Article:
Many animators-to-be quit the job because they can’t push past this roadblock with either talent or sheer guts and determination, so let’s give due respect those who do overcome it!
Although it’s not exactly anything we didn’t know before, the Shirobako website posted a neat little info-graphic showing the salaries of the various people involved. It’s not news that the salary of a fresh key animator is terribly low, but it’s still frightening seeing such a stark comparison. With the much more attractive salary of an animation director/character designer it’s easy to see why most good animators work their way up to that role, or turn towards storyboarding and direction (although being an animation director is very tough work that doesn’t pay especially well on a per-cut basis).
Those animators who stick with key animation in the long-run are few and far between and tend to be the rare, prodigious individual who is talented enough to make a name for themselves as a top, sought after resource. These people find themselves with proper salaries or a much higher per-drawing pay-rate. Some animators who seem like they were born to walk the path of a pure animator include the likes of Shinya Ohira, Yutaka Nakamura, Toshiyuki Inoue, etc. These days it’s usually better to be talented in a stand-out way than to work hard at progressing as an animator.
What I do like is how they subtly touch on the money issue without being preachy or self-pitying in the process. Although not well-paid, young animators take pride in their job and are driven by their love for it.
Interestingly, the role of Sound Director is not included here. A few years ago, a report from the Japanese Animation Creators Association which highlighted (and perhaps exaggerated) the plight of young animators caused a bit of stir. Yamasaki Osamu wrote for them discussing pay inequities within the industry and pointed out that sound directors are paid a little over half as much as episode director’s per episode, but are able to finish an episode in two days rather than a matter of weeks. As a result, they often juggle 2-3 series at a time and can commonly end up with salaries of $200,000 or more, more than the executive producer on the chart above. With that said, it sure is intriguing that Mizushima Tsutomu is also sound director on this anime! I certainly can’t tell any difference from other anime!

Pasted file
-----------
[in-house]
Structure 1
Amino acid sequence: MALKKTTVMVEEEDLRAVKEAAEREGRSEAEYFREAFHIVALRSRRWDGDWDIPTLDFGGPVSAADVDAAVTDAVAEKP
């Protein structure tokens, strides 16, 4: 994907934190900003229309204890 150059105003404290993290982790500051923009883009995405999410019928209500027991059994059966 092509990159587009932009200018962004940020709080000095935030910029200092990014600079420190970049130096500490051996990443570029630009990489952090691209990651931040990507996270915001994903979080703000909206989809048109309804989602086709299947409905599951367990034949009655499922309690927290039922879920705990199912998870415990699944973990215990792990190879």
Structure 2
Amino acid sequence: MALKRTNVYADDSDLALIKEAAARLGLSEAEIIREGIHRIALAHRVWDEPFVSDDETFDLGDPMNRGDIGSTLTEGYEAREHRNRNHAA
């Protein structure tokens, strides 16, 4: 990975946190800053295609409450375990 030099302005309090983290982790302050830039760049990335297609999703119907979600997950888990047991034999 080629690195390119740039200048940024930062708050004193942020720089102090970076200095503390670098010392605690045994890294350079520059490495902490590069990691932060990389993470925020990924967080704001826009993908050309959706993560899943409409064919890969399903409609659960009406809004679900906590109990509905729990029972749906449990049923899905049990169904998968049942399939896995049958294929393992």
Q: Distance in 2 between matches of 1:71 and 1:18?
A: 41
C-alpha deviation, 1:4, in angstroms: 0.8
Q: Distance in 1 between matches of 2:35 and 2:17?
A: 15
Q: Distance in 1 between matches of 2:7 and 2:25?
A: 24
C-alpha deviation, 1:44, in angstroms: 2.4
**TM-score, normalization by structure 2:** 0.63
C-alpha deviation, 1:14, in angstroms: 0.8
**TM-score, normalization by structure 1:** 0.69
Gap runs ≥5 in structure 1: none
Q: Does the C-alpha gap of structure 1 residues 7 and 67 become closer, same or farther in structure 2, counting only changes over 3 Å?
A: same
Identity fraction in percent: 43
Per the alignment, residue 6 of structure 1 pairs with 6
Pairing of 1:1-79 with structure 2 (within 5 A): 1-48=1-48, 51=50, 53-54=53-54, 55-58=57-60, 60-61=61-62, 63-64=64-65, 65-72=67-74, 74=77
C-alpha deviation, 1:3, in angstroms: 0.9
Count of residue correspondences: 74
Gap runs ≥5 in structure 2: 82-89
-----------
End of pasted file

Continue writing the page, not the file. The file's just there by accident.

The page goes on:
In the end..
If you think back to a scene in anime that struck you as being awesomely animated and it was almost certainly thanks to the tireless work of a particular animator. Look at Yoshimichi Kameda’s scene from Space Dandy #26, the electric, swirling fire dragon was all animated by him and is a sentimental bow to the animator who inspired and influenced him from the beginning, the recently deceased legend Yoshinori Kanada; the action climax of the ghost in the Shell movie was animated by Mitsuo Iso who apparently studied a spider he’d captured in a jar to help craft the movements of the spider-tank; Ichiro Itano’s famous, twirling, spiraling missiles were drawn from his memories of strapping fireworks to his bike and riding as they shot out around him; hell, Gainax was founded by a bunch of university drop-out nerds who bound together to animate an intro to a sci-fi convention. We’re used to watching interesting stories play out in our favourite anime, but what Shirobako reveals is that those anime are often built on fascinating, real-life stories of the people involved. The more I look into the many remarkable people working in this medium the more I discover that they are driven by a passion for animation and storytelling.
I’m confident that Shirobako has lifted the veil over the anime industry for a lot of people, both in Japan and abroad, and all we can do is hope that this fosters more interest in and better understanding of the people who pour their life into the anime we enjoy every week. I’d love to see more people join me in the tireless pursuit of uncovering these people and stories behind anime! At the very least, some mainstream reviews might be able to start giving credit where credit where it’s due a little better instead of lumping it all at the foot of the director or any name they happen recognise.
How anime is made: